Australia's Sheep-Cooperative Research Center (SheepCRC) was formed as an independent research body funded mainly by the Australian government and not-for-profit industry partners to support wool and lamb marketing efforts.
Over the last seven years, research to increase wool's market share through the development of a total quality system for wool knitwear that allows manufacturers to produce next-to-skin wear garments in wool with superior comfort and handle has been ongoing.
As a result of this research, two machines were developed that can assess fabric hand and comfort properties. Seven prototype instruments have been made. Global meetings to present the findings and to demonstrate the functionality of the machines are being conducted. Parvez Mehta, Ph.D., wool research consultant for the American Sheep Industry Association, attended the New York City meeting on Sept. 26 and submitted the following information.
The two machines developed are a fabric handle meter and a fabric comfort meter. The equipment usage and the interpretation of the results are based on algorithms especially developed for lightweight next-to-skin knitted fabric and knitwear.
Two trials, one in Melbourne, Australia, and one in JinAo Province, China, are expected to be completed at the end of 2013 with the commercialization plan finalized in the first quarter of 2014. The objective is to bring awareness to key retailers and knitters in developed markets, such as the United States and Europe.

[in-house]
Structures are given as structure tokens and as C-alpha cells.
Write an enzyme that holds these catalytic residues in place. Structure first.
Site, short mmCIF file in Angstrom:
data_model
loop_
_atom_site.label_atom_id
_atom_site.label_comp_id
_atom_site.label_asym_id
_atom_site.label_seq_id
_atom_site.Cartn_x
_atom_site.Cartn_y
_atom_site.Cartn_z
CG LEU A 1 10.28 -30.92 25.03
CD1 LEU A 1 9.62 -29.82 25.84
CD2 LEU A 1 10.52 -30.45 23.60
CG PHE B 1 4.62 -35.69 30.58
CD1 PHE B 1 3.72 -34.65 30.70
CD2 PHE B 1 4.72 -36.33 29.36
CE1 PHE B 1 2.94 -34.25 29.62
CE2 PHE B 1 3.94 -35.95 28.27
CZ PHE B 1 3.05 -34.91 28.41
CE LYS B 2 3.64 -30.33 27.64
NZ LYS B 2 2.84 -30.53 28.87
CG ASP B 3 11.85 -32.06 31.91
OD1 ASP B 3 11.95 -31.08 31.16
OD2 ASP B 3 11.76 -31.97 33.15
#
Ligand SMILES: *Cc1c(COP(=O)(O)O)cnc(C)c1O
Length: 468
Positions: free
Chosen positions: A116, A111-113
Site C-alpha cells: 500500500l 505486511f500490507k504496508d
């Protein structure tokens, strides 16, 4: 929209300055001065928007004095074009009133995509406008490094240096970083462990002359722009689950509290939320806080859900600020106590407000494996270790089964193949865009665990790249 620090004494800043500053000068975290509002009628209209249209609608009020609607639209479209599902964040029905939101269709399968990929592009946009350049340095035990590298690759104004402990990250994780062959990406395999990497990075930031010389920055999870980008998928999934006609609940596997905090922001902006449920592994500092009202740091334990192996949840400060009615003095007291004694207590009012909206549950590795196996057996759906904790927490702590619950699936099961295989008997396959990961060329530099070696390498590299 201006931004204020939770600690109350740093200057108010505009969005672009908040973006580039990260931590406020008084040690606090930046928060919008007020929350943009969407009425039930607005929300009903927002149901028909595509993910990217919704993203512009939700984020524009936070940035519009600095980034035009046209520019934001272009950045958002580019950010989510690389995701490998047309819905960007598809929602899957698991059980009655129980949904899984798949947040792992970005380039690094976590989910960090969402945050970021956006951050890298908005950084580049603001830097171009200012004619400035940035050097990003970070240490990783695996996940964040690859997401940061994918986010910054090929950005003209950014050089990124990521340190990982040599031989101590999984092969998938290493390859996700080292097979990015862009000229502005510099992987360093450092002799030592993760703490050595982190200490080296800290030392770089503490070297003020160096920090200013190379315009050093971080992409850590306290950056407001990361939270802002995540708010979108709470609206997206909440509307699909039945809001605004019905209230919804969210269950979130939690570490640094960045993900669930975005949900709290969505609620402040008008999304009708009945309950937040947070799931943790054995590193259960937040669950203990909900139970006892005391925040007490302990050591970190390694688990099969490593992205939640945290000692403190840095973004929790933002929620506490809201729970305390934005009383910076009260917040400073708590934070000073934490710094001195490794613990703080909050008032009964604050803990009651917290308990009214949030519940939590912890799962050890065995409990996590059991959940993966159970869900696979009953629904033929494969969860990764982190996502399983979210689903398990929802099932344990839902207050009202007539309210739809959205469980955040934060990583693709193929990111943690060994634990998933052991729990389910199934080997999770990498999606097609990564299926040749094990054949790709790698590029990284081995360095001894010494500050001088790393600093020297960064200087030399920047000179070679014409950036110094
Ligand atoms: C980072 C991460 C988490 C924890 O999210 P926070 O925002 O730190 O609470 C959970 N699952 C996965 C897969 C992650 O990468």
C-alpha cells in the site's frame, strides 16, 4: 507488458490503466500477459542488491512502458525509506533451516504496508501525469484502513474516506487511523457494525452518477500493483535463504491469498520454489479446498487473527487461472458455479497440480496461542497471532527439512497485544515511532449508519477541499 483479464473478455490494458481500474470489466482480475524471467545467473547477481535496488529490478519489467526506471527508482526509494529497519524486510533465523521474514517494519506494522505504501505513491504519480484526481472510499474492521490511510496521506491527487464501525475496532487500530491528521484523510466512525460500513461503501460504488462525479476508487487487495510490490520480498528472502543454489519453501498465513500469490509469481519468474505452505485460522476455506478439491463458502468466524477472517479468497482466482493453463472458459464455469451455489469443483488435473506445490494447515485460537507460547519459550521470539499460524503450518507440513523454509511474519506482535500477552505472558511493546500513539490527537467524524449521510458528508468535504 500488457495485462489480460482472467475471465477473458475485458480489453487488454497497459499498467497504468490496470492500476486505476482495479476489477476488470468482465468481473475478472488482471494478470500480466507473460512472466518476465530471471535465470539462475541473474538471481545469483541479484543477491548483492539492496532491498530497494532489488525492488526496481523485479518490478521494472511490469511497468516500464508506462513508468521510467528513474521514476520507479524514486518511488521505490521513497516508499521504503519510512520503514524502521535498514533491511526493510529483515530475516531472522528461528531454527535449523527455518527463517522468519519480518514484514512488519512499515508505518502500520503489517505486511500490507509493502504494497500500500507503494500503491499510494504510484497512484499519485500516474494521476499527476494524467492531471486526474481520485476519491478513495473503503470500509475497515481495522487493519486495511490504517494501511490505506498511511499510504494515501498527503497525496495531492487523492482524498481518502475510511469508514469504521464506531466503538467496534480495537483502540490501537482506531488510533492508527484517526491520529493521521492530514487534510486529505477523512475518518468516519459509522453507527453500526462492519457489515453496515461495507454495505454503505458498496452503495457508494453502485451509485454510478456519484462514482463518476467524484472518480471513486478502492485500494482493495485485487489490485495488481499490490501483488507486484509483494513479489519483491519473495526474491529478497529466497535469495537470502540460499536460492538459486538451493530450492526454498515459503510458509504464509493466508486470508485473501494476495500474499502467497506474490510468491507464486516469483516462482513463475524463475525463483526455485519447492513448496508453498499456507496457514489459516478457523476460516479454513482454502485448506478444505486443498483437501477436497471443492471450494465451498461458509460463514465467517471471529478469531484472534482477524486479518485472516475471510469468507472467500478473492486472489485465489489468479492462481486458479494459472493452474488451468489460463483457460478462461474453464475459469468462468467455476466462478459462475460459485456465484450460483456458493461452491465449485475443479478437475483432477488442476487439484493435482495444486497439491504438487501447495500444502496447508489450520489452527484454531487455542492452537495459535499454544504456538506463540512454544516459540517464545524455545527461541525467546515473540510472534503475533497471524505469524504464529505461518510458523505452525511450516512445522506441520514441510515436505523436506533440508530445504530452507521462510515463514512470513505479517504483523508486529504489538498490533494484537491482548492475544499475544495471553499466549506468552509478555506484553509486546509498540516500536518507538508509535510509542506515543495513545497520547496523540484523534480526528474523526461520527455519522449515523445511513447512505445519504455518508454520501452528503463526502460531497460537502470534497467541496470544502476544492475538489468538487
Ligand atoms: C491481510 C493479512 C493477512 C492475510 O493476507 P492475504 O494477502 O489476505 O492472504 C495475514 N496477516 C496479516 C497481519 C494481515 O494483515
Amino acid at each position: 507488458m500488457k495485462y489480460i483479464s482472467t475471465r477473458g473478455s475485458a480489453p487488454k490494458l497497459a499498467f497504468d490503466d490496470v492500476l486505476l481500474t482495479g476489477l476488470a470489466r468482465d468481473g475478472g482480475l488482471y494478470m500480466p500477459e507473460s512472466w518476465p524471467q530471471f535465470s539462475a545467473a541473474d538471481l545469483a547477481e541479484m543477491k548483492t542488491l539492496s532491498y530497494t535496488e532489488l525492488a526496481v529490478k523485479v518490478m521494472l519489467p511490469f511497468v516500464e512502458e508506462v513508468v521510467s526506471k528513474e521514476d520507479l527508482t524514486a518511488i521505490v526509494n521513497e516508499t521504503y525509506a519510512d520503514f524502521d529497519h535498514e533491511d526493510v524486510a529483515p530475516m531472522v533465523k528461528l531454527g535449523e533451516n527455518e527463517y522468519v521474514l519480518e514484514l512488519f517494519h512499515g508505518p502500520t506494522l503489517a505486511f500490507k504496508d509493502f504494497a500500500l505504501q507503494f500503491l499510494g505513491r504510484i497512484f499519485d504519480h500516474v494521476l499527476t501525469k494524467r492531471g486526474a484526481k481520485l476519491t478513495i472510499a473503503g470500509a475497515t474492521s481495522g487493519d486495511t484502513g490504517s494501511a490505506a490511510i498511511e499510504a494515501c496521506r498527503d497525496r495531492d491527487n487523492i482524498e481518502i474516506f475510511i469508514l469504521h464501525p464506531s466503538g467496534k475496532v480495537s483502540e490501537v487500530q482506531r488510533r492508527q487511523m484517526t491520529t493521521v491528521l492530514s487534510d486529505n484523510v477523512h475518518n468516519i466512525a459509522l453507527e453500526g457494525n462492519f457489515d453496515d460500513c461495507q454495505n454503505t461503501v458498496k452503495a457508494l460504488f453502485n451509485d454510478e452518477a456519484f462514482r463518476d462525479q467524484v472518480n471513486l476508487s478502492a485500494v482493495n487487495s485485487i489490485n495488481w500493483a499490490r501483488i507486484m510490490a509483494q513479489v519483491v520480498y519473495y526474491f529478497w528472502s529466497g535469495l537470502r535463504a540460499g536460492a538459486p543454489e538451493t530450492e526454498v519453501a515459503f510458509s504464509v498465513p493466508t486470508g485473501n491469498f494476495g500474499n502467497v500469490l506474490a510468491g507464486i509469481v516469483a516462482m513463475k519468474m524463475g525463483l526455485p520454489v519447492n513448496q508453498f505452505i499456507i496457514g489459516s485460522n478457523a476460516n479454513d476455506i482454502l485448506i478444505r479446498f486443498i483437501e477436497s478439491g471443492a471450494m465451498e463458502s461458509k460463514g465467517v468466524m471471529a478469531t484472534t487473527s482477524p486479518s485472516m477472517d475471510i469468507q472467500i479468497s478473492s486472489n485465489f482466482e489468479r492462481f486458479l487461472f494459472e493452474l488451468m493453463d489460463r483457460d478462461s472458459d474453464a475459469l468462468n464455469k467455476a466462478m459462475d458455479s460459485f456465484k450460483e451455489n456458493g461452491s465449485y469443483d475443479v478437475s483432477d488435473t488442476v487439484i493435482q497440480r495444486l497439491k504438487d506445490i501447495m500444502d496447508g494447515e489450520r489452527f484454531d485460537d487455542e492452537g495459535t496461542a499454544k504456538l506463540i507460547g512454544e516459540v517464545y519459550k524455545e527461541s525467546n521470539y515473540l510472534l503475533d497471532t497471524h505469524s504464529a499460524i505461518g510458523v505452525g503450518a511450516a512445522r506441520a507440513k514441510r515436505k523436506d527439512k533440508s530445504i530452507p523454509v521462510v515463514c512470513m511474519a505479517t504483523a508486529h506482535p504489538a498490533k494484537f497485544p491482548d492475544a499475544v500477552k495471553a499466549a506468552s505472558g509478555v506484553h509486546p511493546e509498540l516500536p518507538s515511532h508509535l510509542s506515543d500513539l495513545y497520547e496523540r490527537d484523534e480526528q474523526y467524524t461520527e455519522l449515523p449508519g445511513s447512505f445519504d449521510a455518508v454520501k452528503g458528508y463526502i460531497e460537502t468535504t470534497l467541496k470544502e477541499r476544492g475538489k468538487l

The wool handle meter condensed more than 90 descriptors specifying fabric hand into seven measurable descriptors being rough-smooth, clean-hairy, hard-soft, tight-loose, heavy-light, warm-cool and greasy-dry.
The fabric is placed on a circular plate and a transducer anvil is pushed through a calibrated hole in the center of the plate. The force-displacement curve that is produced is then interpreted into the seven descriptors.
The comfort meter is calibrated when a thin metal wire rests on the fabric surface under a very light load (2gm) and traverses across the fabric surface. The force exerted on the wire by the protruding surface fiber-ends is evaluated.
"One interesting conclusion of this study," according to Mehta, "indicated that the previously held view of next-to-skin wearability being 'less than 5 percent of fibers coarser than 30 micron' is not valid."
The prickle factor is purely dependent on mean-fiber diameter and on the environment temperature. For example, a 19.5 micron wool jersey that is rated as prickle free by 95 percent of wearers in a cool environment will be judged prickle free by only 60 percent of the wearers in a warm environment. For all environmental conditions, 16.5 micron wool is needed to be totally prickle free while 18.5 micron will be acceptable for 80 percent of the wearers in a warm environment.
Mehta continued by saying, "Another interesting observation was that there was no co-relationship between softness of fabric hand and prickle rating."
The equipment will continue to be manufactured in Australia, but will be available for purchase through a not-yet-approved distributor. Although no price has been determined, it is anticipated that the machines will be on the market by the middle of 2014.